Tag Archives: intersex

Queerness as disease – a continuing narrative in 21st century India: Kaushal Bodwal

Guest post by KAUSHAL BODWAL

In August 2018, it came to my knowledge that a few of my pictures wearing sarees were circulating in my extended family’s WhatsApp group. Phone calls from home regarding my “obscene” behaviour were followed by a shift in the entire conversation towards my having some illness that needed to be cured. At some point my mother called me to tell that one of my aunts knew a doctor who can heal me. My first thought was that she was joking; unfortunately, she was only too serious. Once I registered the gravity of the situation, I panicked. Even though I was staying in a closed campus, I was not sure of my family’s potential to do what they claimed they wanted to.

The issue was with both my gender expression and my sexuality. I was a male assigned at birth walking in a saree and they thought that it was because of my interest in men. One of my aunts assured my mother that my love for sarees will end once my homosexuality is cured. The next time I went home, I was anxious and terrified. I knew I had to speak to them and explain what was going on. There were going to be a lot of questions. It’s not as I had ready-made answers for them, especially since the understanding of gender and sexuality that I had was not easy to articulate in my native language of Haryanvi. Through whatever words I could, I came out to my parents. My mom cried and my father stood numb. But mostly, confused. Despite their anger and other emotional expressions, the overall emphasis was on going to a doctor to get me fixed. After all, I was sick. Continue reading Queerness as disease – a continuing narrative in 21st century India: Kaushal Bodwal

Tatte Girao, Hijra Hattao: Satya Rai Nagpaul

This guest post was sent to us by  SATYA RAI NAGPAUL, Transman, Cinematographer, Founder Member: SAMPOORNA: A Network for Asian & Diasporic Asian Trans Persons.

‘Tatte Girao, Hijra Hattao’ was written in response to Farrukh Dhondy’s article ‘The male eunuch & other chromosomes’ in The Asian Age newspaper, August 29th, 2009.  The Asian Age did not publish Satya’s response, and so it has been circulating on relevant e-lists for a while.


Caster Semenya’s record breaking run in the Berlin World Athletic Games this August, not only raised doubts in the organisers about her ‘real sex”, but back home, has precipitated our very own Mr Farrukh Dhondy’s jounalistic activism to save our boys from falling into any possible sexual/gender ambiguity.
His prescription: Get ‘the apparatus’ and you shall be a ‘man’!

If the medical and legal communities were not enough, we have now to fight our so called “progressive” journalists who write columns about ‘so called eunuchs’, who their medical friends tell them ‘were not eunuchs at all’.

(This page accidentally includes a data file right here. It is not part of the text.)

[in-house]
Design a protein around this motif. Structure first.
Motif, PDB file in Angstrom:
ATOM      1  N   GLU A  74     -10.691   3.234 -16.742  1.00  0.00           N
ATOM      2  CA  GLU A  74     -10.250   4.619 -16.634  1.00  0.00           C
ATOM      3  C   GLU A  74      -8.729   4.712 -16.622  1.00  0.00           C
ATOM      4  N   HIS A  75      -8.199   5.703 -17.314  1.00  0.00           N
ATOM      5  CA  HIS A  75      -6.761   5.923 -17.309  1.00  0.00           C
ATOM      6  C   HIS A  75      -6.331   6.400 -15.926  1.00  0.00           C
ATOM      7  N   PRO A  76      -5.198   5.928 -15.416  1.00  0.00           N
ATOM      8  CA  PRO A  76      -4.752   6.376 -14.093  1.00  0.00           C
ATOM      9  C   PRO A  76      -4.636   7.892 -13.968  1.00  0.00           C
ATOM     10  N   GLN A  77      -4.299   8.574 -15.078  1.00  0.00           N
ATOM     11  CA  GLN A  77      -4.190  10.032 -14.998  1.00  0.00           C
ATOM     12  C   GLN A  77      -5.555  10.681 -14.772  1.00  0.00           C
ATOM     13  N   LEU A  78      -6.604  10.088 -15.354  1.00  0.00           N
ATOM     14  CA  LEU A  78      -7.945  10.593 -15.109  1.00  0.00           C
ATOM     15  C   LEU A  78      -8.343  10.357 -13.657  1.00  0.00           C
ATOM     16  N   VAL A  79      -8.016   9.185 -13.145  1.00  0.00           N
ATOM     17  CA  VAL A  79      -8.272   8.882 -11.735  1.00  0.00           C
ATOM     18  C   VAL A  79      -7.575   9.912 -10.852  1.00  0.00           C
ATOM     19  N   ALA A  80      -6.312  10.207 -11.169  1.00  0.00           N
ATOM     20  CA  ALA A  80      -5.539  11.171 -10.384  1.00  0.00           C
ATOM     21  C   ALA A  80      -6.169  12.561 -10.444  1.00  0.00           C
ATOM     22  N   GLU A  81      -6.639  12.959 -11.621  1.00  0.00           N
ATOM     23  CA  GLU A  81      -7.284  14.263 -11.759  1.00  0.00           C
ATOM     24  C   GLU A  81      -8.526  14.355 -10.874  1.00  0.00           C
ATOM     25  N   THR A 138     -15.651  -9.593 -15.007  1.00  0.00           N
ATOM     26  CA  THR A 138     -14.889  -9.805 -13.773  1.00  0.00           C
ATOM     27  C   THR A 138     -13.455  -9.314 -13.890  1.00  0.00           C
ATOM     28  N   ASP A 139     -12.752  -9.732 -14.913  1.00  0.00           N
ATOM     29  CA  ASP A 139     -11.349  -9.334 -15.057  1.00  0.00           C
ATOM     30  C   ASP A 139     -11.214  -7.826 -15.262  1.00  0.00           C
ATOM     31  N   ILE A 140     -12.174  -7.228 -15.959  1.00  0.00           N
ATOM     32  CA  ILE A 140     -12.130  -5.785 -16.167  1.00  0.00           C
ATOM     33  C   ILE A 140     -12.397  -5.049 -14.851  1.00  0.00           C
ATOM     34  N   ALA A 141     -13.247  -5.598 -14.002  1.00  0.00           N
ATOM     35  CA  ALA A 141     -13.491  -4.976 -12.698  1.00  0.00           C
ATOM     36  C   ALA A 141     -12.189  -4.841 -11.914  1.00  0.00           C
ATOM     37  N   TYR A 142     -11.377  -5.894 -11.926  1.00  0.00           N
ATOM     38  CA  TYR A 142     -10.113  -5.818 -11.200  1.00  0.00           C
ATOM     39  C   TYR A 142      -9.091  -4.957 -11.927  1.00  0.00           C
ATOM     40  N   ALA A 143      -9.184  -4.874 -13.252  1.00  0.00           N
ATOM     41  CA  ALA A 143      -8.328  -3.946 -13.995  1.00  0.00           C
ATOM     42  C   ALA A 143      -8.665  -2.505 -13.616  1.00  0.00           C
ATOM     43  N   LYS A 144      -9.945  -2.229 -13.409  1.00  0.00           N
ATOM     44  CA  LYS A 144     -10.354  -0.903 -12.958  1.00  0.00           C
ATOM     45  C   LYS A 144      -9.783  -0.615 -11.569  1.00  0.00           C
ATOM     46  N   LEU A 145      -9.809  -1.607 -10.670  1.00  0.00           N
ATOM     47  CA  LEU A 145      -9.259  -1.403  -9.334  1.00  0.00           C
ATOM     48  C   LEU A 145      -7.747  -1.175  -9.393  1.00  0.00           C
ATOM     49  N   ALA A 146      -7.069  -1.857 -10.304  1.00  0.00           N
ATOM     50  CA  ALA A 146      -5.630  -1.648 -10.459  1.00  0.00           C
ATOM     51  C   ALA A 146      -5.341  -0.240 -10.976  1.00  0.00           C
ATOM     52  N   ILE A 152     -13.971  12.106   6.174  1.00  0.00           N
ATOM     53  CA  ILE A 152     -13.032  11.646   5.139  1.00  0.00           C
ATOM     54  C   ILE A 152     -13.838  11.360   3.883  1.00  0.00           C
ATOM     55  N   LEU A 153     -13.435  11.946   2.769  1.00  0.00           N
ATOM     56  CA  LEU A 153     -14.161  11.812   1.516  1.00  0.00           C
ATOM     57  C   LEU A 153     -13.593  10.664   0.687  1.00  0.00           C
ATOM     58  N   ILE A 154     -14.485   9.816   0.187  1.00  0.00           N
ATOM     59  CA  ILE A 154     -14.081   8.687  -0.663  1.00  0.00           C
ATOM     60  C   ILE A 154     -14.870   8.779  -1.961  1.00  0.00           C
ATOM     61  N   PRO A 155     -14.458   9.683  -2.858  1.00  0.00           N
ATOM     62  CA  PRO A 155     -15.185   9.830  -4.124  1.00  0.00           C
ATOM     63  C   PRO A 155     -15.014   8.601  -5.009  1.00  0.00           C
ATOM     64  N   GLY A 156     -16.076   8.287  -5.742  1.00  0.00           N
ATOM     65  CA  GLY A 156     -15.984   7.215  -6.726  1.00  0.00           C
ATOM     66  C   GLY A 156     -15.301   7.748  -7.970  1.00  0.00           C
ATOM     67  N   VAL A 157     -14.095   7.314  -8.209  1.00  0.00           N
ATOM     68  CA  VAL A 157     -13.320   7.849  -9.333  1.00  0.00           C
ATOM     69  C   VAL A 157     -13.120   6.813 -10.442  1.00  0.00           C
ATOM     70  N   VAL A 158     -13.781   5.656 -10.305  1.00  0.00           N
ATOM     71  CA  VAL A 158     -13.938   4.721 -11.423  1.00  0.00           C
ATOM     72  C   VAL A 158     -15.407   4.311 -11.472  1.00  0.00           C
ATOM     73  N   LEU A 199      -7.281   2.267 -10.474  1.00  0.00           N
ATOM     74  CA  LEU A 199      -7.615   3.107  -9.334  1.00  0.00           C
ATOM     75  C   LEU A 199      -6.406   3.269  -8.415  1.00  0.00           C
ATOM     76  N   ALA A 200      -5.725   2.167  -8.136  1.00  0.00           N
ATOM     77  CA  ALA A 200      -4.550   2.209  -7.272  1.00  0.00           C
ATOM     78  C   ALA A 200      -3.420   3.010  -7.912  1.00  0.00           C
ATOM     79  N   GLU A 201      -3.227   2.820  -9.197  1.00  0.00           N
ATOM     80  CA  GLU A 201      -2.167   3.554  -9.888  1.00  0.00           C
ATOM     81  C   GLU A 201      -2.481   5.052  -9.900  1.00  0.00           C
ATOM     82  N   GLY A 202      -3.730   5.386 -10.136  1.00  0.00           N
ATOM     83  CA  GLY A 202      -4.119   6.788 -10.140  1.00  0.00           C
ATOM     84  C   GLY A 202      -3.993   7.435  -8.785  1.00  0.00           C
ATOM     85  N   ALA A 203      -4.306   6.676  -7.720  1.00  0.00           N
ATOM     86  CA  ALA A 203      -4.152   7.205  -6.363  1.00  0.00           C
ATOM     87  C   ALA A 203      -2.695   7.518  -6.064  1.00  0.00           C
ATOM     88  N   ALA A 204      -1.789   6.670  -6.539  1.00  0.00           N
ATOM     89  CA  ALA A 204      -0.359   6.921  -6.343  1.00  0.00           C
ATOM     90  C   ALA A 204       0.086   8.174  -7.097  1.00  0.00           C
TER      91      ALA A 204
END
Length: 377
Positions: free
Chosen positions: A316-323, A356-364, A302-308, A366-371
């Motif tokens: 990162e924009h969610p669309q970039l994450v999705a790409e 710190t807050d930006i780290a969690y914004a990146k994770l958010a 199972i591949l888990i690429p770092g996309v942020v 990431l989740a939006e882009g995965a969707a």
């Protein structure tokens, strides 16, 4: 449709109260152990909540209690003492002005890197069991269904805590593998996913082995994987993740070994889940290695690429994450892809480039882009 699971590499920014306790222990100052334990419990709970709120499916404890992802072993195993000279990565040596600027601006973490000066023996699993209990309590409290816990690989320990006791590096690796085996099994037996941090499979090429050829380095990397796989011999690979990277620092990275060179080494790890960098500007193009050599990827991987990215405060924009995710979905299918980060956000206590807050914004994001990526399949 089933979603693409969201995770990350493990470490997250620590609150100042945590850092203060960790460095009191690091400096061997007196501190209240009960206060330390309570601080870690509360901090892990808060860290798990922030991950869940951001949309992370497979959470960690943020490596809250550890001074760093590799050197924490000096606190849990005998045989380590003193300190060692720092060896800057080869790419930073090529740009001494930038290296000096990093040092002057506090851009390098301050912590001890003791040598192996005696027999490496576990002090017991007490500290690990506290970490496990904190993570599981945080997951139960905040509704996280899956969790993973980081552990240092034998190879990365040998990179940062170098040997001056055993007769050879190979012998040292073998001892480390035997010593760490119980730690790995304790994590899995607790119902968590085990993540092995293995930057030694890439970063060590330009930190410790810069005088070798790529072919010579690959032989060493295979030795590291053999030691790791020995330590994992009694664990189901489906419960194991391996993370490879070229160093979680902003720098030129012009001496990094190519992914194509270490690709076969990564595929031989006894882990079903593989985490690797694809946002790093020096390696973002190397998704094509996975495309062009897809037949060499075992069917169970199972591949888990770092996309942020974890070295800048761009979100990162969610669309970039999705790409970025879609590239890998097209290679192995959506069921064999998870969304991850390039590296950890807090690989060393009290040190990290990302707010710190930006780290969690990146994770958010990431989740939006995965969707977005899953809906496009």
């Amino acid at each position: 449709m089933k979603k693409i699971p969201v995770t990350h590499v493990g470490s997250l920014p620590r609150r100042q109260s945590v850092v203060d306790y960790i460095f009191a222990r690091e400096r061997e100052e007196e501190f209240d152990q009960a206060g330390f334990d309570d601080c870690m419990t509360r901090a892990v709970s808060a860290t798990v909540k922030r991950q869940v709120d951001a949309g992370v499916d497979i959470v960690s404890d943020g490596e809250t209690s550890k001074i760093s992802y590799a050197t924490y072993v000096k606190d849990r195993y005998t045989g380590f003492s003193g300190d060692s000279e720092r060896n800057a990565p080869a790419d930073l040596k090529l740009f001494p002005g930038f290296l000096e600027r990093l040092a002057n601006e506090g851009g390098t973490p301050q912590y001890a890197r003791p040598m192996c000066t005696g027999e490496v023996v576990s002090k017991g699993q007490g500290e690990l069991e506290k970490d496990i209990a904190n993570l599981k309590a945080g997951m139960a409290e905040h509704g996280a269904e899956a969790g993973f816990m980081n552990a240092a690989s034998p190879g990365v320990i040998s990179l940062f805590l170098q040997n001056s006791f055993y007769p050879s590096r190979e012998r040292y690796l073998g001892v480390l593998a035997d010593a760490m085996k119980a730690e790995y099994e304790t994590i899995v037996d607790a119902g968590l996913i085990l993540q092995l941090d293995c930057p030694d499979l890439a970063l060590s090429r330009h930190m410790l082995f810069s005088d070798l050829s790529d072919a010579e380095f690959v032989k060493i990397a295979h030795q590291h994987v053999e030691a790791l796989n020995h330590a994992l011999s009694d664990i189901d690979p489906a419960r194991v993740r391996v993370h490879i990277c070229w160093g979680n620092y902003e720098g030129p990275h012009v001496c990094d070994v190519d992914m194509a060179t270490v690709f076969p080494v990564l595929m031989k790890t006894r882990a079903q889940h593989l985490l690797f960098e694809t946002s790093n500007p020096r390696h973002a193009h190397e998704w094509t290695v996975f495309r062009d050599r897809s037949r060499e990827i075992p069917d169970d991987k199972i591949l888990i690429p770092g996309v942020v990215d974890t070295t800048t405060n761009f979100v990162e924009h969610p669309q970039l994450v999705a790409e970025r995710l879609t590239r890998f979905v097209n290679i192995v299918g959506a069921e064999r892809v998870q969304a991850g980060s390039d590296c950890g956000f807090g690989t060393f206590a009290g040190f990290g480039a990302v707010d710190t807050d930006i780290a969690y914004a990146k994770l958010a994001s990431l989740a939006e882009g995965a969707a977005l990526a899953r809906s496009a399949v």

The transphobia, gender essentialism and high moral ground in Mr Dhondy’s article couldn’t have been more naked. What appears throughout the article as his well meaning and sympathetic concern, finally reveals its true face in that last draconian sentence: ‘Make hijras history’. How could the corporeal realities of the hijra be so lost on a journalist [and one who is himself a minority, being a parsi, as stated in his article] that he can wish for the wiping out of an entire way of life? Instead of espousing their human rights, he wishes them not to exist at all?!

Mr Dhondy’s statement that all hijras suffer from Cryptorchidism, and that it is a simple medical procedure that will make men out of them, not only reveals his journalistic smugness but also that he has been completely absent from all discourses on sex/gender emerging ever since the years of the second world war. The binary conceptualisation of sex/gender is long dead in cutting edge academia and even the medical sciences have begun to open out their sex/gender categories to the new conceptualisations.
Continue reading Tatte Girao, Hijra Hattao: Satya Rai Nagpaul

Interview with Ins Kromminga, German intersex activist and artist

Below are excerpts from an interview I did with a fascinating artists and activist who initiated a process in me, simple and obvious, and yet complicated and hardly ever embarked upon- vis-a-vis the politics of gender and sexuality. Ins has challenged the routine of the politics we engage in and the world view we sometimes unintentionally take for granted and thus make static, Hoping for an engaging discussion on the issues Ins lays out below.

Also, something to think about: how we write articles in popular media about difficult, unspoken of issues to just put them out there. To bring about some visibility but at the cost of some of the complexity? Sometimes visibility even at the cost of compromise on our politics of how we speak of pain and pleasure in all our lives and in the context of the frameworks of oppression? I see myself having done this below in my fleeting account of Ins’s life and work. How then do we engage with the mainstream media and find the language to articulate complexities approachably and regularly? It’s the eternal question but lets ask it again because, as we all know, we have to. :) Continue reading Interview with Ins Kromminga, German intersex activist and artist